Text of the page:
The End Of The Trail





At the top of the fourth flight of steps, Pierre found himself facing

a door that stood ajar. Beyond that door was Joan and he knew not what

experience of discovery, of explanation, of punishment. What he had

suffered since the night of his cruelty would be nothing to what he

might have to suffer now at the hands of the woman he had loved and

hurt. That she was incredibly changed he knew, what had happened to

change her he did not know. That she had suffered greatly was certain.

One could not look at the face of Jane West, even under its disguise

of paint and pencil, without a sharp realization of profound and

embittering experience. And, just as certainly, she had gone far ahead

of her husband in learning, in a certain sort of mental and social

development. Pierre was filled with doubt and with dread, with an

almost unbearable self-depreciation. And at the same time he was

filled with a nameless fear of what Joan might herself have become.



He stood with his hand on the knob of that half-opened door, bent his

head, and drew some deep, uneven breaths. He thought of Holliwell as

though the man were standing beside him. He stepped in quietly, shut

the door, and walked without hesitation down the passageway into the

little, sunny sitting-room. There, before the crackling, open fire,

sat Prosper Gael.



Prosper, it seemed, was alone in the small, silent place. He was

sitting on the middle of his spine, as usual, with his long, thin legs

stretched out before him and a veil of cigarette smoke before his

eyes. He turned his head idly, expecting, no doubt, to see the nurse.



Pierre, white and grim, stood looking down at him.



The older man recognized him at once, but he did not change his

position by a muscle, merely lounged there, his head against the side

of the cushioned chair, the brilliant, surprised gaze changing slowly

to amused contempt. His cigarette hung between the long fingers of one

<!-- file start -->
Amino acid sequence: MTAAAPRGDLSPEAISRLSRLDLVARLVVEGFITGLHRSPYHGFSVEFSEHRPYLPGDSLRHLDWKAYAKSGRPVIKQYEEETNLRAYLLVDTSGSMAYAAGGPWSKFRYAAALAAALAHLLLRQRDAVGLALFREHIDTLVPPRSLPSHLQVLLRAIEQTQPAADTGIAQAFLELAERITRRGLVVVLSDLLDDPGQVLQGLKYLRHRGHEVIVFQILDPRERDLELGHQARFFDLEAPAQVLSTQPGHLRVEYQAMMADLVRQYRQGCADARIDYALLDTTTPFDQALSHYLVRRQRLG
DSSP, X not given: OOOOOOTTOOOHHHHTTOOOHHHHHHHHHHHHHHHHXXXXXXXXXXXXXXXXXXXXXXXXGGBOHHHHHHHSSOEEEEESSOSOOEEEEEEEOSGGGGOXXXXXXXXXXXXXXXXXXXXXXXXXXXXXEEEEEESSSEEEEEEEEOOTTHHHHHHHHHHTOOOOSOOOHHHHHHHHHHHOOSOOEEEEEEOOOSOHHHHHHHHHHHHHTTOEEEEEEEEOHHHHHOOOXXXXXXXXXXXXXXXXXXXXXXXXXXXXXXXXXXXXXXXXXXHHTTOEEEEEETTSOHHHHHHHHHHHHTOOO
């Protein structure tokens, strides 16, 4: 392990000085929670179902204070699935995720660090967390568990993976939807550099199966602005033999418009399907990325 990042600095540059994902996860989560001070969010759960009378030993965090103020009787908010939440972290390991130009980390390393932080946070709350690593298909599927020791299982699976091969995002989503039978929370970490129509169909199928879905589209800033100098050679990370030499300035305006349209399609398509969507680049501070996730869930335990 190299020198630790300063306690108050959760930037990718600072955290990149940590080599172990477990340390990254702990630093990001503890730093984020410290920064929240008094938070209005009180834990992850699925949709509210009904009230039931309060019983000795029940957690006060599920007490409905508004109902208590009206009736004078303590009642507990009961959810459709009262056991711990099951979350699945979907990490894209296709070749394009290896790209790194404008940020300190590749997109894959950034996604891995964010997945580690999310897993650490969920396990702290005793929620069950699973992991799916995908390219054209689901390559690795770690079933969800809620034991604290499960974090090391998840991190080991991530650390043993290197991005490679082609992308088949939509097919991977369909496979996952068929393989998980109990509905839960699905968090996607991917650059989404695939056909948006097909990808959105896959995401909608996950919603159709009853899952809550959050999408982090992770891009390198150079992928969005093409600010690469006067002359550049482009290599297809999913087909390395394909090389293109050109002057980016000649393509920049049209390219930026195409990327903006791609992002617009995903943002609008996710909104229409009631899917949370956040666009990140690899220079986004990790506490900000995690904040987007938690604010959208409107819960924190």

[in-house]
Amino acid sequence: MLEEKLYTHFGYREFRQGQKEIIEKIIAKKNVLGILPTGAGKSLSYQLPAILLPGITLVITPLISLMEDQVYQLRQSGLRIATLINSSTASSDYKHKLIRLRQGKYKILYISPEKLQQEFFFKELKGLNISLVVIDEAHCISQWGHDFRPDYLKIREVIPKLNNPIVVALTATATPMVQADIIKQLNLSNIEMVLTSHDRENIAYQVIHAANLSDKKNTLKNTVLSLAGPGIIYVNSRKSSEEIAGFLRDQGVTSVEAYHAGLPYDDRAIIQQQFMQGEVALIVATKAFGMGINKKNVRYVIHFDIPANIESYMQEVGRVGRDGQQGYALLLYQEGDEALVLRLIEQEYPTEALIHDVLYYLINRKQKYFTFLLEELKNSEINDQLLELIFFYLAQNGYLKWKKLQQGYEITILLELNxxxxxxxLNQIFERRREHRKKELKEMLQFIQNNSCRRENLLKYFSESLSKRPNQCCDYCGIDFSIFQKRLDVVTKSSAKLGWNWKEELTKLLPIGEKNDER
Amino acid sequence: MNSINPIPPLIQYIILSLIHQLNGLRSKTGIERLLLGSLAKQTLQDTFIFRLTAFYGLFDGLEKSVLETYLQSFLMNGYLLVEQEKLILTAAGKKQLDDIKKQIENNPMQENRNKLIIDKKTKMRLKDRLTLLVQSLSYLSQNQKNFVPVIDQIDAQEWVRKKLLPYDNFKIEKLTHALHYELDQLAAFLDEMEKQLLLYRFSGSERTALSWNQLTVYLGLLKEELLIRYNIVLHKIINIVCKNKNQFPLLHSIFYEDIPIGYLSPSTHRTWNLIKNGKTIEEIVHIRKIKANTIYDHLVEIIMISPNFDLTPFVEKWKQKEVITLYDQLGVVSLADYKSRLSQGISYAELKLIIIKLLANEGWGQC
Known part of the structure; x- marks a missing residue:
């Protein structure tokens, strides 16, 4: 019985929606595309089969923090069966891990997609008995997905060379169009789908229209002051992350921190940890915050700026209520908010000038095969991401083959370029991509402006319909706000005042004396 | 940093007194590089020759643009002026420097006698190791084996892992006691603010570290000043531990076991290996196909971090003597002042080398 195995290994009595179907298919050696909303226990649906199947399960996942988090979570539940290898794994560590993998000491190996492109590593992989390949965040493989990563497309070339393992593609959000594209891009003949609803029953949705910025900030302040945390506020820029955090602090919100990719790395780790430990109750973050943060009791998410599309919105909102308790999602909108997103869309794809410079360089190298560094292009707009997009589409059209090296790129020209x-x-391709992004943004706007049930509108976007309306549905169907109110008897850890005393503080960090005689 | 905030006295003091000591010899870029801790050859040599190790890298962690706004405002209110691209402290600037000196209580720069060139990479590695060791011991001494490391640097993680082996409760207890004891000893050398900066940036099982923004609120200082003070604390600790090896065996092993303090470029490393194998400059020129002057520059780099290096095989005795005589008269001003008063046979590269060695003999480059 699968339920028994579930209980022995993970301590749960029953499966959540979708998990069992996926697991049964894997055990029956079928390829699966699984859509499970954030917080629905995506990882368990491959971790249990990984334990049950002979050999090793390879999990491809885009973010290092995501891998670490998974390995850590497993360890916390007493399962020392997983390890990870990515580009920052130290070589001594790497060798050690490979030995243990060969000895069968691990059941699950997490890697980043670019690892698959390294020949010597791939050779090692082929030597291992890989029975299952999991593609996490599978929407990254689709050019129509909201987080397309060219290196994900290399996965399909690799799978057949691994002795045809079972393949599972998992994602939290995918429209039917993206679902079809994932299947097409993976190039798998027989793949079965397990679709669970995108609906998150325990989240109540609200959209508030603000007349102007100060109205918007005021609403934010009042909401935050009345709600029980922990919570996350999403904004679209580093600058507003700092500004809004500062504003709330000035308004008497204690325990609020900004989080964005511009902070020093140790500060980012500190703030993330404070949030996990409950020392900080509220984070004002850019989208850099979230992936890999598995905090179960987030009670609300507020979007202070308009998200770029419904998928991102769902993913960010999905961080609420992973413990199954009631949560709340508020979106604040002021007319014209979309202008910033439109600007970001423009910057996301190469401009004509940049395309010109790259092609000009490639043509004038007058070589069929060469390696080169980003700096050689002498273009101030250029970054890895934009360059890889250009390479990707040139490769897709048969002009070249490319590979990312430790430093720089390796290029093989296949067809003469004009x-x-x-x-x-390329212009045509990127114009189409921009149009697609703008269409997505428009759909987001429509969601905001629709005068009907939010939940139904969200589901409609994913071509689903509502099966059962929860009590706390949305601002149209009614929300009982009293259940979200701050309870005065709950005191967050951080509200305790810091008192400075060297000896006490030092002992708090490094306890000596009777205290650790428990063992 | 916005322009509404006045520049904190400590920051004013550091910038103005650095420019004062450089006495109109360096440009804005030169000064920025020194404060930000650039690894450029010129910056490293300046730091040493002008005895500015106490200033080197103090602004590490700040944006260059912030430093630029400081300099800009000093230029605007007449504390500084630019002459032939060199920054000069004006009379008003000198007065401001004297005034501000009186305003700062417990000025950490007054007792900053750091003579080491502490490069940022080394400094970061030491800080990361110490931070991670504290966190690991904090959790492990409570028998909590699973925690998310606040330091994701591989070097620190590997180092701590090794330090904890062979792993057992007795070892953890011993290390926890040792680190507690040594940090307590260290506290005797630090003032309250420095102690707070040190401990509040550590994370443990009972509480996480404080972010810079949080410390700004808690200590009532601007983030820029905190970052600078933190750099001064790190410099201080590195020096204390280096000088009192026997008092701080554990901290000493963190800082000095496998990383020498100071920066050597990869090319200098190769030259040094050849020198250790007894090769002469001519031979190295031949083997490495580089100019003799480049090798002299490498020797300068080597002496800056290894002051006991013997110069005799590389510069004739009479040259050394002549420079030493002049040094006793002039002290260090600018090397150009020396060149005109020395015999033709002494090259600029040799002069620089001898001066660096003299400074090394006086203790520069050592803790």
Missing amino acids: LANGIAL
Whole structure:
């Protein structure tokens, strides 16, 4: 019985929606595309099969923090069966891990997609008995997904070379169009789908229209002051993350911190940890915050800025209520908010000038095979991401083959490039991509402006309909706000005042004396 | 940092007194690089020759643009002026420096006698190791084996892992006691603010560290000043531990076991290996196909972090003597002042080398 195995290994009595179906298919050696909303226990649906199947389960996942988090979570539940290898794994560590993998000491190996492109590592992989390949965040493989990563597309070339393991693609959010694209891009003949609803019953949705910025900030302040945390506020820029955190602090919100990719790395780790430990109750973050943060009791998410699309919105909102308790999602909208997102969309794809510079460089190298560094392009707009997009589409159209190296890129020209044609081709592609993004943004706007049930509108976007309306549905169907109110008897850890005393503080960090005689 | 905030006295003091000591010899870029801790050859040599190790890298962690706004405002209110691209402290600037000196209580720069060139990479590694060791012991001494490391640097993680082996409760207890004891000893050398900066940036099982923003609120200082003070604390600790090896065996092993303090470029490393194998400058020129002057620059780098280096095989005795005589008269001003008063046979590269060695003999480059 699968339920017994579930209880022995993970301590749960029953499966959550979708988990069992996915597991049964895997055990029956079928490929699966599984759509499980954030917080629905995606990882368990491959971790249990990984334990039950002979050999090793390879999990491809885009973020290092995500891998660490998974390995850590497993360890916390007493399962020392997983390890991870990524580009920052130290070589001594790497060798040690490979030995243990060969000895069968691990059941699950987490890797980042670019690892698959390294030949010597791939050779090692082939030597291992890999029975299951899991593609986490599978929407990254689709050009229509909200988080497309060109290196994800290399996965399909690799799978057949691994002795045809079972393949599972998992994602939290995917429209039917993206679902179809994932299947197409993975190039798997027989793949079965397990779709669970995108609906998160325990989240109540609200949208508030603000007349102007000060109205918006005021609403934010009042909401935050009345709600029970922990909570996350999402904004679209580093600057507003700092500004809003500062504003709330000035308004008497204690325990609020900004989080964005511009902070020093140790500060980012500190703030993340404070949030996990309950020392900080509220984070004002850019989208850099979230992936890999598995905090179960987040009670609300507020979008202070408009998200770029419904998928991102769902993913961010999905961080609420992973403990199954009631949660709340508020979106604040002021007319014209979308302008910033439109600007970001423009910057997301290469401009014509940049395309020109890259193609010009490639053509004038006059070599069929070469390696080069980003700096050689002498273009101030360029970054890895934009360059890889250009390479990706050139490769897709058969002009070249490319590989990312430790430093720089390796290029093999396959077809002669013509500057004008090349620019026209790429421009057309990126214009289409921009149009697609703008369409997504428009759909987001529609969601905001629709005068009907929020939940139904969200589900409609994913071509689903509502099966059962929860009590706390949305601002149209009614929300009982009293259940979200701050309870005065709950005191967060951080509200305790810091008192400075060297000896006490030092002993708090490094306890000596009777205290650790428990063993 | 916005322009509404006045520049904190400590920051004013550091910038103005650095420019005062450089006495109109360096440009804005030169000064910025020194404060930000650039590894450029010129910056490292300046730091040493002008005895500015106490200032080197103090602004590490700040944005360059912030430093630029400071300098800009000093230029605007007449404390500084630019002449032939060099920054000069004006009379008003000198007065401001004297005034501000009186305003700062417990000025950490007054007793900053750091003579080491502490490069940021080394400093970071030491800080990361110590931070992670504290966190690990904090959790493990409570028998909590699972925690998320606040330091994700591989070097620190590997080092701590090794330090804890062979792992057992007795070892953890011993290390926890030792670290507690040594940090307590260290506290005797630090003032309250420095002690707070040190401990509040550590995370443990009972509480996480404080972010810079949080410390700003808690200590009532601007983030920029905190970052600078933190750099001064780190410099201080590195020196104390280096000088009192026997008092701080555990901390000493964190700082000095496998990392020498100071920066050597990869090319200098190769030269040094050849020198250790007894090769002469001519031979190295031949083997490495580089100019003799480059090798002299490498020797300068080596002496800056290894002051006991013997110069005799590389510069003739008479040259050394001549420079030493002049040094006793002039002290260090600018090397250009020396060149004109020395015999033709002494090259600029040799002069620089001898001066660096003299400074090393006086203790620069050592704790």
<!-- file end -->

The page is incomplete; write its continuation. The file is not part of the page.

hand, its blue spiral of smoke rising tranquilly into a bar of

sunshine from the window.



"The doctor told me to come up," said Pierre gravely. He was aware of

the insult of this stranger's attitude, but he was too deeply stirred,

too deeply suspenseful, to be irritated by it. He seemed to be moving

in some rare, disconnected atmosphere. "I have his permission to

see--to see Miss West, if she is willing to see me."



Prosper flicked off an ash with his little finger. "And you believe

that she is willing to see you, Pierre Landis?" he asked slowly.



Pierre gave him a startled look. "You know my name?"



"Yes. I believe that four years ago, on an especially cold and snowy

night, I interrupted you in a rather extraordinary occupation and gave

myself the pleasure of shooting you." With that he got to his feet and

stood before the mantel, negligently enough, but ready to his

fingertips.



Pierre came nearer by a stride. He had been stripped at once of his

air of high detachment. He was pale and quivering. He looked at

Prosper with eyes of incredulous dread.



"Were you--that man?" A tide of shamed scarlet engulfed him and he

dropped his eyes.



"I thought that would take the assurance out of you," said Prosper.

"As a matter of fact, shooting was too good for you. On that night you

forfeited every claim to the consideration of man or woman. I have the

right of any decent citizen to turn you out of here. Do you still

maintain your intention of asking for an interview with Miss Jane

West?"



Pierre, half-blind with humiliation, turned without a word and made

his way to the door. He meant to go away and kill himself. The purpose

was like iron in his mind. That he should have to stand and, because

of his own cowardly fault, to endure insult from this contemptuous

stranger, made of life a garment too stained, too shameful to be worn.

He was in haste to be rid of it. Something, however, barred his exit.

He stumbled back to avoid it. There, holding aside the curtain in the

doorway, stood Joan.



This time there was no possible doubt of her identity. She was wrapped

in a long, blue gown, her hair had fallen in braided loops on either

side of her face and neck. The unchanged eyes of Joan under her broad

brows looked up at him. She was thin and wan, unbelievably broken and

tired and hurt, but she was Joan. Pierre could not but forget death at

sight of her. He staggered forward, and she, putting up her arms, drew

him hungrily and let fall her head upon his shoulder.



"My gel! My Joan!" Pierre sobbed.



Prosper's voice sawed into their tremulous silence.



"So, after all, the branding iron is the proper instrument," he said.

"A man can always recognize his estray, and when she is recognized she

will come to heel."



Joan pushed Pierre from her violently and turned upon Prosper Gael.

Her voice broke over him in a tumult of soft scorn.



"You know nothing of loving, Prosper Gael, not the first letter of